At long last, I am posting several new shows from the end of last quarter and the beginning of this quarter.
The first show, Show 170, August 7, is my interview with Prof. Woodrow Hartzog of Cumberland School of Law, Samford University and Fred Stutzman of UNC on their article, The Case for Online Obscurity. In their article, Woody and Fred conceptualize “obscurity” as an area on the information flow spectrum from publicity to privacy. Although people often interact with technology from the perspective of something other than complete privacy or publicity, Woody and Fred note that the parameters of that activity — obscurity — has not been theorized. In our discussion, we explore the theory and practice underlying obscurity. They were great guests.
Next, Show 171, August 21, is my interview with Dr. Deborah Peel. Deb is one of the nation’s leading advocates on patient privacy rights and the rights associated with the distribution of health information. In our interview, we discussed her work and views on the challenges facing both patients and the healthcare industry as we confront the explosion of information stored in electronic format. I greatly enjoyed the discussion.
Show 172, August 28, is my interview with Prof. Madhavi Sunder of UC Davis School of Law, author of From Goods to a Good Life: Intellectual Property and Global Justice. Madhavi has written a fascinating book arguing that the process of production, and not just the outputs, should be a value that intellectual property law encompasses. In her book, she explores the implications of such a shift on communities in developing economies and other groups who are not generally considered in intellectual property’s utilitarian scheme. I learned much and we had a fun interview.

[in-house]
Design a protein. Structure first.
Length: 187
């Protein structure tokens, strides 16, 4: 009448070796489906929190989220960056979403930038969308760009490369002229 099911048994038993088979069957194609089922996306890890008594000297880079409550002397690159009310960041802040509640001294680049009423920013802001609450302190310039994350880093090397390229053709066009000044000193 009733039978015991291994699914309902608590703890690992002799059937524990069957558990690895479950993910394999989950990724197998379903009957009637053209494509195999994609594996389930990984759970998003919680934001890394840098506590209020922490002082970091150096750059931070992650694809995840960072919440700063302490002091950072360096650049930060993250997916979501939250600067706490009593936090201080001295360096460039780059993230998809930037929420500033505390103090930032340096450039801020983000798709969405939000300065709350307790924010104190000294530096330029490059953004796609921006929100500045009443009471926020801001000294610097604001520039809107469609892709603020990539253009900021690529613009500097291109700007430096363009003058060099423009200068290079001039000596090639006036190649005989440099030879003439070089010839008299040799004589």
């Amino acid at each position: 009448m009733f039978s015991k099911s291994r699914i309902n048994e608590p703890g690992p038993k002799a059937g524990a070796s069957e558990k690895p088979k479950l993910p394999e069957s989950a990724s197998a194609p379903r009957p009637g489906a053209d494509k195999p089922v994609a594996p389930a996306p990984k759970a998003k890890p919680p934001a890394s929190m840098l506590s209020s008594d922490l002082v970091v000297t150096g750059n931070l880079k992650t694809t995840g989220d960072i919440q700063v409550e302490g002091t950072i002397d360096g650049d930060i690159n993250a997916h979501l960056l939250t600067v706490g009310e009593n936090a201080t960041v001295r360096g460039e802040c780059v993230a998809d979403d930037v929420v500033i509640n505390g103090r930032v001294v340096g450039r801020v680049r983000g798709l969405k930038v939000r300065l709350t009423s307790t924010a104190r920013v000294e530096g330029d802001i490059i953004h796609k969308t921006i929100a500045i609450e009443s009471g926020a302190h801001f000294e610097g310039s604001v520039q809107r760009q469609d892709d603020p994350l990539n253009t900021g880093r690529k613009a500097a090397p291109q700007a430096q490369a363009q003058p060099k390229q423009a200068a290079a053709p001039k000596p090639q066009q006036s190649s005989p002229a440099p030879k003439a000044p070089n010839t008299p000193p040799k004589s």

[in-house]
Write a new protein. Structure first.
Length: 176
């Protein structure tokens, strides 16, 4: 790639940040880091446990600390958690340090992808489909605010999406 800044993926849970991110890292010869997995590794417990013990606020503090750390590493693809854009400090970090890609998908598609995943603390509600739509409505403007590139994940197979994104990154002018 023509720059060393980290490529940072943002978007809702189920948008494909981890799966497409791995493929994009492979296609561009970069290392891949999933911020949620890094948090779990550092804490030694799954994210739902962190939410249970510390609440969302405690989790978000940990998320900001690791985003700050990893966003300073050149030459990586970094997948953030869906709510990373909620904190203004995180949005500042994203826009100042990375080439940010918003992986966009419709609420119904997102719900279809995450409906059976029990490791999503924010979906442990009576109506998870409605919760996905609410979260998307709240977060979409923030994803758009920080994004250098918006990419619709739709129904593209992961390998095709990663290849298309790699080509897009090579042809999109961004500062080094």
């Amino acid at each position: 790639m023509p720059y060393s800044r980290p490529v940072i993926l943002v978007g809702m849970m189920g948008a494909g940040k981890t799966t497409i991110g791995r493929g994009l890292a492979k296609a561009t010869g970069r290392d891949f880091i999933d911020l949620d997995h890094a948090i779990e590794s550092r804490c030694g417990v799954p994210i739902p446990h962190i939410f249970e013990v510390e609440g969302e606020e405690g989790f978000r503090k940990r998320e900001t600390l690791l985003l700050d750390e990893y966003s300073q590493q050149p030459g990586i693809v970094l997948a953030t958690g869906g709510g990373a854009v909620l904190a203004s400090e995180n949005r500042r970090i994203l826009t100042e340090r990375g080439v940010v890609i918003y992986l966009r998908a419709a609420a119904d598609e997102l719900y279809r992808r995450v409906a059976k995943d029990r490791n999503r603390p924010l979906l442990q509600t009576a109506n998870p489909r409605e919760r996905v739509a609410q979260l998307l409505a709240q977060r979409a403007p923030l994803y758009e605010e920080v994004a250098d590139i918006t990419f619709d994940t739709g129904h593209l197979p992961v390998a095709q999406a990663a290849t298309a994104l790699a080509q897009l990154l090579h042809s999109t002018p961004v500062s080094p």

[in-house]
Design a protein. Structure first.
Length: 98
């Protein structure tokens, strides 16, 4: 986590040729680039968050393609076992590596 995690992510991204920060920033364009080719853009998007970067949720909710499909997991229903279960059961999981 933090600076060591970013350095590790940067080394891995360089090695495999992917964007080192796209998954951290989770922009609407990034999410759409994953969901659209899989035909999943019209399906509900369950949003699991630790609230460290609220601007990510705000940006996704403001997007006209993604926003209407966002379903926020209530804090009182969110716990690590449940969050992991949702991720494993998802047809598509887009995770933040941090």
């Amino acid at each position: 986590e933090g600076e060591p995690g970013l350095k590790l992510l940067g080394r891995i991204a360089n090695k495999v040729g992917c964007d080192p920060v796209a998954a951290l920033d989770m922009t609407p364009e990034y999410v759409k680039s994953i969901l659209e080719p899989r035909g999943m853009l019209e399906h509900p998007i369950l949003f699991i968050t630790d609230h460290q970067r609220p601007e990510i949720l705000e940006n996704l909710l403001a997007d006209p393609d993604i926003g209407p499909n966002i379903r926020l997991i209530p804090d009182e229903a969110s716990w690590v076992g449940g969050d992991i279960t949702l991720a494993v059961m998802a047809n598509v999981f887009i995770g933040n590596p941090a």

The fourth show, Show 173, October 3 is my interview with Prof. Chris Sprigman of Virginia Law, co-author of The Knockoff Economy. Chris and his co-author Kal (who did not join us on the interview) have written a fascinating account of industries and communities, like fashion and comedy, where intellectual property law is non-existent and/or unenforced. They found, somewhat surprisingly to those who view intellectual property law as a necessary requirement to spur innovation and economic activity, that these industries thrived despite the absence of intellectual property rights. We had a broad and high-energy discussion.
Finally, Show 174, October 10, is my interview with Prof. Shubha Ghosh of the University of Wisconsin School of Law, author of Identity, Invention, and the Culture of Personalized Medicine Patenting. Shubha is a prolific scholar who has written a study of the law surrounding and implications of personalized medicine from a patent law perspective. Given the advances in technology that allow for a vast array of data to be used in the treatment of patients, patent law is at the center of the questions as to the parameters of this activity. Shubha was able to discuss a challenging area in a clear and concise way, and I greatly enjoyed the interview.
A final note: since the show began in May 2006, Joe Neto, Stanford Law School’s wonderful creative services specialist and Funkranomicon lead vocalist, was responsible for posting the shows onto CIS’ server. After six years and 170 shows, he has handed that job over to CIS’ Elaine Adolfo. Thanks much to Joe for his work, and to Elaine for taking over the reigns!